I also try to listen in my imagination; how would I like something to sound without the real-world constraints of different instruments competing for a finite frequency band.
The context I’m trying to assemble is also in relation to the idea of jazz (and improvised music). That this covers a hugely diverse range of musical practices has been pointed out many times. And so-called jazz musicians are also engaged in a range of musical projects – Robbie Jansen recorded with The Rockets, and Pacific Express, both of which are sound-worlds apart from his Vastrap Island or Nomad Jez albums. And, especially over the course of a long career, musicians’ styles can change and develop. So, even when we have our context, the questions for sound recordists go something like: should Robbie Jansen’s saxophone be recorded in the same manner for Vastrap Island as it was for Pacific Express? Should we be looking to the drum sound on The Blue Notes’ early recordings for the SABC as a reference when considering a recording set up for Louis Moholo-Moholo’s Five Blokes over half a century later (even accounting for changes of recording technology)?
Regardless, there remain some important commonalities over time regarding this music. It is, to a large extent, a music that is still recorded live. Yes, there are overdubs on contemporary recordings, and of course there are some wonderful projects that utilise more of a ‘pop production’ process where individual musicians track individually. But my guess is that these are either by way of additions to a ‘live in the room’ ensemble recording, or contemporary exceptions to the rule, rather than a choice that aims to impose a specific sound on a recording. Anyway, the immediate practical implication of the live recording model is having a recording room big enough to fit a group of musicians.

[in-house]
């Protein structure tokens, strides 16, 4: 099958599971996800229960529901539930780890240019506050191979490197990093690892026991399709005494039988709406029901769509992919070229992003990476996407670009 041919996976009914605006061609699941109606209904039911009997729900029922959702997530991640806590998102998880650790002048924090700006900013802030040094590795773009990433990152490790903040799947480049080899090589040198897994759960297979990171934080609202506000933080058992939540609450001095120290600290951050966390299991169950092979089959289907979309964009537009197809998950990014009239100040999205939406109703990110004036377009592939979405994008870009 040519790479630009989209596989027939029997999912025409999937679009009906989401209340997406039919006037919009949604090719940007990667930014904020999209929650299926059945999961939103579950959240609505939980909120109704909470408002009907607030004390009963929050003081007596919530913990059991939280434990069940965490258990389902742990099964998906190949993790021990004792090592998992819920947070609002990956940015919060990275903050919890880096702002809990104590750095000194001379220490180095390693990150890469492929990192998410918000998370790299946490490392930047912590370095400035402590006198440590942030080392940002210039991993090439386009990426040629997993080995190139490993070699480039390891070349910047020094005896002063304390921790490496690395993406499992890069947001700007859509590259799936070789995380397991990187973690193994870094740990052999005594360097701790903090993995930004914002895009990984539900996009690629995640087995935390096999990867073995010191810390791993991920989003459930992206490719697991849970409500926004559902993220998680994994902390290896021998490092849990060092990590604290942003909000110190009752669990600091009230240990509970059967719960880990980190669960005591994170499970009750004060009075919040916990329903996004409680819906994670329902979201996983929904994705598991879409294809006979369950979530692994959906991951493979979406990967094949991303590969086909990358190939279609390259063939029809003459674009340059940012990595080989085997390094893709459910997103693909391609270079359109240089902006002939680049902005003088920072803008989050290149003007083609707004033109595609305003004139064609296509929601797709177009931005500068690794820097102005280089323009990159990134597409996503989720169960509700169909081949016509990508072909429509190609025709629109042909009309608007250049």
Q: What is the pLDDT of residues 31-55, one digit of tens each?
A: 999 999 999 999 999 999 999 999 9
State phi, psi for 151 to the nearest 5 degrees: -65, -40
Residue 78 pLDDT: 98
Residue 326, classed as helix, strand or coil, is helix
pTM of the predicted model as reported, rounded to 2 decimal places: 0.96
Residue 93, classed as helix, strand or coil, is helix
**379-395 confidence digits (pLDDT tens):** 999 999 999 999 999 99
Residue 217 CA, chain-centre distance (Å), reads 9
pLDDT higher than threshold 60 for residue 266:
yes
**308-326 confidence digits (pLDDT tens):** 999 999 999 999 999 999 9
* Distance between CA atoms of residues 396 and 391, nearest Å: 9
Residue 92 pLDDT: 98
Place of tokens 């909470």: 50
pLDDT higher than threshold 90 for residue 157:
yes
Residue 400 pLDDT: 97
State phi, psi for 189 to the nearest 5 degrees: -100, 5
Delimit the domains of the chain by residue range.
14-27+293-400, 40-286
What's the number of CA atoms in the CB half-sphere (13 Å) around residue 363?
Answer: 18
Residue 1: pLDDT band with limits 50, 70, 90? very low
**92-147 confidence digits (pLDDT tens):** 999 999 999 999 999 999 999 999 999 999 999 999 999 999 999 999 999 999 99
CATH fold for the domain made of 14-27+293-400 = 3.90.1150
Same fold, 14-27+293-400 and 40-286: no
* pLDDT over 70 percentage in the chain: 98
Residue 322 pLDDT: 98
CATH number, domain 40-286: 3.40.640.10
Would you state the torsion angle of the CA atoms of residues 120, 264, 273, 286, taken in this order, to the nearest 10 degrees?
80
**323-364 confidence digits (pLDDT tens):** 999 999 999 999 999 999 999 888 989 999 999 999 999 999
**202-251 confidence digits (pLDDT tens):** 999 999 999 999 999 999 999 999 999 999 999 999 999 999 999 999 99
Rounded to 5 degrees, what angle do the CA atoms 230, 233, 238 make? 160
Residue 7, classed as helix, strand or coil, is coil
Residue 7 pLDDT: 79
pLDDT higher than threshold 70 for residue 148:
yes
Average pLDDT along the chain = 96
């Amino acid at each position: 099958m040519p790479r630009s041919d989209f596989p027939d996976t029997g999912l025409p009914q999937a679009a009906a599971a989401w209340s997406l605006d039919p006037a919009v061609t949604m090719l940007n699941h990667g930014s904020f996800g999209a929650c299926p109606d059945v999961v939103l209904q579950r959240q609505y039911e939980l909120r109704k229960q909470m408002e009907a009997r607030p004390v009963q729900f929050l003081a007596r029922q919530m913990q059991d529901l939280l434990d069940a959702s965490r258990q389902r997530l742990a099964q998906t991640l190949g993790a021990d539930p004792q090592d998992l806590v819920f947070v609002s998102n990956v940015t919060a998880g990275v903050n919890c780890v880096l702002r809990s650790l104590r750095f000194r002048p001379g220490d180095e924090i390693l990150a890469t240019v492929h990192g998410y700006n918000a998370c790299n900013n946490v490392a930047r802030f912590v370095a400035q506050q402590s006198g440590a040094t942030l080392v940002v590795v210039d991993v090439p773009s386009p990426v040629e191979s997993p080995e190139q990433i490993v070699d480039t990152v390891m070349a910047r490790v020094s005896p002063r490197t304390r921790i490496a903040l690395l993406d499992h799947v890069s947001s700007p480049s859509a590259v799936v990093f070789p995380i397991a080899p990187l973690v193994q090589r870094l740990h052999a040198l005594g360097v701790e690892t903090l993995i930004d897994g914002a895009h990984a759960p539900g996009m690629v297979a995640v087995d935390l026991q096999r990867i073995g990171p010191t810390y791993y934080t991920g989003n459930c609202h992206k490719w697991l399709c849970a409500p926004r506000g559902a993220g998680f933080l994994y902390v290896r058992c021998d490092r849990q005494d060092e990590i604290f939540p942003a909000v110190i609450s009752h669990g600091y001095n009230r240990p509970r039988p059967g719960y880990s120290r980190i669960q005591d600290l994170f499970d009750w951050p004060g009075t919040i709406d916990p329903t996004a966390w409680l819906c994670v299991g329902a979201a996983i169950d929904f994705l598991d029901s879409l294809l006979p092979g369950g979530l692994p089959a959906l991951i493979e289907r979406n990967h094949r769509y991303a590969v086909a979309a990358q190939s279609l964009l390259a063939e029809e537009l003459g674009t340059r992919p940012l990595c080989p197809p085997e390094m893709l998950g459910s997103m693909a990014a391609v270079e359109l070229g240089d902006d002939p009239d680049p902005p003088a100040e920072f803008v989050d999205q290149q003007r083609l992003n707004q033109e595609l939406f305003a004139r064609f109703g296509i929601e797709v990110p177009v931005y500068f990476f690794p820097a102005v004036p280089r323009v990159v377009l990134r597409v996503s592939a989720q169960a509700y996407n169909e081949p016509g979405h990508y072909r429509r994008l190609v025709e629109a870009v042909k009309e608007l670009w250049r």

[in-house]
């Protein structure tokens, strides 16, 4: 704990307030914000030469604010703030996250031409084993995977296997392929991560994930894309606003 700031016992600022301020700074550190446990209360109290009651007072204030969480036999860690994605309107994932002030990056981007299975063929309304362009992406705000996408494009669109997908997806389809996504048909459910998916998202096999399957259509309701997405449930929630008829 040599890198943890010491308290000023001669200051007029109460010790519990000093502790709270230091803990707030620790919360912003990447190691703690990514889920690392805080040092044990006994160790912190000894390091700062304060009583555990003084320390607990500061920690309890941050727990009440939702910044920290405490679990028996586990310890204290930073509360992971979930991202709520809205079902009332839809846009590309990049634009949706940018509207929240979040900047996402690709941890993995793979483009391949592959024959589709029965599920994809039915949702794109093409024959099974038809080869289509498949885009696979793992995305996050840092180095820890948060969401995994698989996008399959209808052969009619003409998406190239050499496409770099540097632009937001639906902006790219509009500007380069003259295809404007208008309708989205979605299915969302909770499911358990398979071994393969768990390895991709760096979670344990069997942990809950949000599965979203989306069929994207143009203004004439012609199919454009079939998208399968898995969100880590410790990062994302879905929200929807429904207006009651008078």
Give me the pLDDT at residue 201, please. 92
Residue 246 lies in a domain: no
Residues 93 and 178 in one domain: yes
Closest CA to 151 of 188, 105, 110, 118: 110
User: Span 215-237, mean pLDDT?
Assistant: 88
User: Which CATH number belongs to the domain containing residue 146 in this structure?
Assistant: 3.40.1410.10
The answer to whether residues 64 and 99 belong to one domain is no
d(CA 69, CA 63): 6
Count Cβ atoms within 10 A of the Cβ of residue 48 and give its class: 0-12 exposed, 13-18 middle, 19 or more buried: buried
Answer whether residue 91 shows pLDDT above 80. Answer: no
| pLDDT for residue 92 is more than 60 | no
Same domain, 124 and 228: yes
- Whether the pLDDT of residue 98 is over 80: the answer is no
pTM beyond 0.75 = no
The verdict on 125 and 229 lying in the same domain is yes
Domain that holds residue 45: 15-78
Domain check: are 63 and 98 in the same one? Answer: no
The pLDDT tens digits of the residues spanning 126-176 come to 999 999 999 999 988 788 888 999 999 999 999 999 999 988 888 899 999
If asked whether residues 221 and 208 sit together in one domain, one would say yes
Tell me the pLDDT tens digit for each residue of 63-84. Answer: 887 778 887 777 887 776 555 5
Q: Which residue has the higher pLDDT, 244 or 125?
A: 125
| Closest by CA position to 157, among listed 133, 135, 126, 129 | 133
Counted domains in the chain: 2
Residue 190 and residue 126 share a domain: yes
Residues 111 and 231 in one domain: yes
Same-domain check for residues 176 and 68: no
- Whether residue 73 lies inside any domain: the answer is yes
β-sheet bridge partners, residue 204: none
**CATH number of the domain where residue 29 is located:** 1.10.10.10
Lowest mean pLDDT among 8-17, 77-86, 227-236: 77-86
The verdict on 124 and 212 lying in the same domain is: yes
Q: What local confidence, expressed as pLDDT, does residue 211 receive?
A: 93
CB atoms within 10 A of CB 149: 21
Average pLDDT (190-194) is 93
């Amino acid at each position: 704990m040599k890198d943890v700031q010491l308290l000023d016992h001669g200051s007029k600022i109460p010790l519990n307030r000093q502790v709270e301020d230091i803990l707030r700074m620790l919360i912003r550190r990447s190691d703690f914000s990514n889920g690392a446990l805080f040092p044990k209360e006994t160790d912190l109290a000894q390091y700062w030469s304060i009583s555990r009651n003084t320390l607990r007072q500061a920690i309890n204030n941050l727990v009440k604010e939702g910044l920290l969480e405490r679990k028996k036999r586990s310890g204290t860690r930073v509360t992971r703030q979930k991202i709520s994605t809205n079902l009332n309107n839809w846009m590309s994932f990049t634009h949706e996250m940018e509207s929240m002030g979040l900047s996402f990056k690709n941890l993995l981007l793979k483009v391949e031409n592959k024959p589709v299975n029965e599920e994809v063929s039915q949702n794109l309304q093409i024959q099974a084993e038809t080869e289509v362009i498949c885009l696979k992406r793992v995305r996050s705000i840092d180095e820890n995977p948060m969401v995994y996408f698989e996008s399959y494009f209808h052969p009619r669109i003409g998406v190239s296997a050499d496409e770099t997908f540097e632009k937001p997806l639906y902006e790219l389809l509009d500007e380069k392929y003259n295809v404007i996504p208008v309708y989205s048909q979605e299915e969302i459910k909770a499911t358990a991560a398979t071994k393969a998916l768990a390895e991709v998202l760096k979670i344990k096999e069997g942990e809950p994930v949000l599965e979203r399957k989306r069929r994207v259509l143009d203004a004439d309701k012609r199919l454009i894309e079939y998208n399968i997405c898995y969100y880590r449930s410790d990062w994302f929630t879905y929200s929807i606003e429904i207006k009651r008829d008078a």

And at this point the room becomes part of the sonic equation – for better or worse.
An interesting case study of this in terms of jazz recording is the move of Rudy Van Gelder’s studio from his parent’s living room in their Hackensack house, to the much larger purpose-built room at Englewood Cliffs This not only changed the sound of the recordings Van Gelder made for Blue Note Records, amongst others, it obliged Van Gelder to adjust his engineering practice and also had an effect on how musicians would play together in the room (musical decisions improvised in a reverberant acoustic are quite a different proposition from those made in a dry acoustic).